Author Arundhati Roy apologised on Wednesday after a video of her from 2011, drawing parallels between the Pakistan and Indian armies, resurfaced on social media. Roy, in a statement to ThePrint, explained that what she had said back then did not represent her current opinions.
In the video, the writer was speaking at a panel discussion about India deploying personnel in states like Kashmir, Telangana and the North East. She said that Pakistan had not stationed troops “against its own people the way India has”.
On Wednesday, Roy said people unintentionally “say something thoughtless or stupid” at some point in their lives. “This tiny clip of video in no way represents what I believe, or indeed what I have written over the years,” she said, adding that what she committed to words was far more important than what she “might say extempore in the course of a freewheeling talk”.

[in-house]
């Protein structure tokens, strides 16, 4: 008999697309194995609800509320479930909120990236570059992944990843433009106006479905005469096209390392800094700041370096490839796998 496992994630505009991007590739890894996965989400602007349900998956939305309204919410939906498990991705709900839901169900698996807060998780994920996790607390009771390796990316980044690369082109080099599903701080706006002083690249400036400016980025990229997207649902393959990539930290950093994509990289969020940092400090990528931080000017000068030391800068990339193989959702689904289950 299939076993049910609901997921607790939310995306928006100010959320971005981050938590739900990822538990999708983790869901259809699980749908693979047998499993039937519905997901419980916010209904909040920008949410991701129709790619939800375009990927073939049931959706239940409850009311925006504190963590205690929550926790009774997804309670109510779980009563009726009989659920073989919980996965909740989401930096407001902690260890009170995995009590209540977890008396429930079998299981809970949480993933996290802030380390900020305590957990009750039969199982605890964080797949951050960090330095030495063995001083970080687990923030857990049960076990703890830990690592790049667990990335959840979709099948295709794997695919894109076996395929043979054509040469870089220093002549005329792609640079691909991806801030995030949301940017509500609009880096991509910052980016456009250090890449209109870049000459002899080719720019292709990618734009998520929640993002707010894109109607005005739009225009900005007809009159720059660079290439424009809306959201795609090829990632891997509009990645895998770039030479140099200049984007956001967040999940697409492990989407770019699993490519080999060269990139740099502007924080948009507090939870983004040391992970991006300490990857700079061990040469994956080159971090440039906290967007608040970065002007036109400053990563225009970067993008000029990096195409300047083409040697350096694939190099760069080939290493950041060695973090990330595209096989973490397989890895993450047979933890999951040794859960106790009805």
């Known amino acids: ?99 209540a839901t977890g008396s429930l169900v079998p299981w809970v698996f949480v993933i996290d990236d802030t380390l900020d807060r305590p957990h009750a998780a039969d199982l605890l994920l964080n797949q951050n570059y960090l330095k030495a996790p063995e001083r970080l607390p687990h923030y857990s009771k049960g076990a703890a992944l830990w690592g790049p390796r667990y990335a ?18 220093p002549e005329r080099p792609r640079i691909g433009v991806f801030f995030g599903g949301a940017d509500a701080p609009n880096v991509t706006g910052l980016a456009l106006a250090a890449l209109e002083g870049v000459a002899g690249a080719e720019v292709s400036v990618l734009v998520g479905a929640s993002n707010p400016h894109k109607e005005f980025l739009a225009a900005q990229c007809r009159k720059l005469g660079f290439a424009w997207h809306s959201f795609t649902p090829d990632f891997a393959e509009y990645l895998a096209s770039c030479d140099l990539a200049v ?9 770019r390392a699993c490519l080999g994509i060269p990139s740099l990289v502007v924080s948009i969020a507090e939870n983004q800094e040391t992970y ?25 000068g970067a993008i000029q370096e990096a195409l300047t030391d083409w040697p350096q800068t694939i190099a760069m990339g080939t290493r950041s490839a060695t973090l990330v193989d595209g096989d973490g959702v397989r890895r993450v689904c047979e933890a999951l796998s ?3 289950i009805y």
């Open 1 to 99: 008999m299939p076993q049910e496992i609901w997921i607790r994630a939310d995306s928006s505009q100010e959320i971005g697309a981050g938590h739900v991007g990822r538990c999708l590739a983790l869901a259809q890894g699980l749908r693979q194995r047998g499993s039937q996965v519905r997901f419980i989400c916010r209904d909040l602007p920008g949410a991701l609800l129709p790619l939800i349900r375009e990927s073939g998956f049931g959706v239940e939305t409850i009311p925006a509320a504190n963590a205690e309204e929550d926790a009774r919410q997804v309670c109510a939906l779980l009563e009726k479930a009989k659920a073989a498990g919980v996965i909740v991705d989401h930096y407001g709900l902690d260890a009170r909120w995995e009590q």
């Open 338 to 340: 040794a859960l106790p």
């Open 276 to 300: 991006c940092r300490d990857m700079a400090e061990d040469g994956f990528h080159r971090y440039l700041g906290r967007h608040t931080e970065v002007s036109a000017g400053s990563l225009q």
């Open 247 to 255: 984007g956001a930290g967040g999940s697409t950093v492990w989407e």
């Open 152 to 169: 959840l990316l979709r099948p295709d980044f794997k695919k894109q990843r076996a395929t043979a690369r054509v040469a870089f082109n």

She added: “Still, It is a matter of enormous consequence and I apologize for any momentary confusion the clip may have caused.”
The author said her opinion on what Islamabad was doing in Balochistan and the “genocide that the Pakistan Army committed in Bangladesh have never been ambiguous” and were reflected in her writings. To prove this, she shared two examples of her writing, an excerpt from her novel The Ministry of Utmost Happiness and an essay titled Walking with the Comrades.
The writer blamed right-wing supporters for digging up the video to stifle her opinions on the current situation in Jammu and Kashmir. “Given my views on what is happening in Kashmir now, it is not surprising that Hindu Nationalists are rushing to generate outrage over this exciting new/old canard they have dug up about my supposed denial of the genocide in Bangladesh and the deeds of the Pakistan Army in Pakistan,” Roy said. She further added that the “architecture of pure fascism” was being put in place in the country and anyone who goes against it would be stopped.
Roy faced a barrage of criticism after the nearly decade-old video started doing the rounds on social media.
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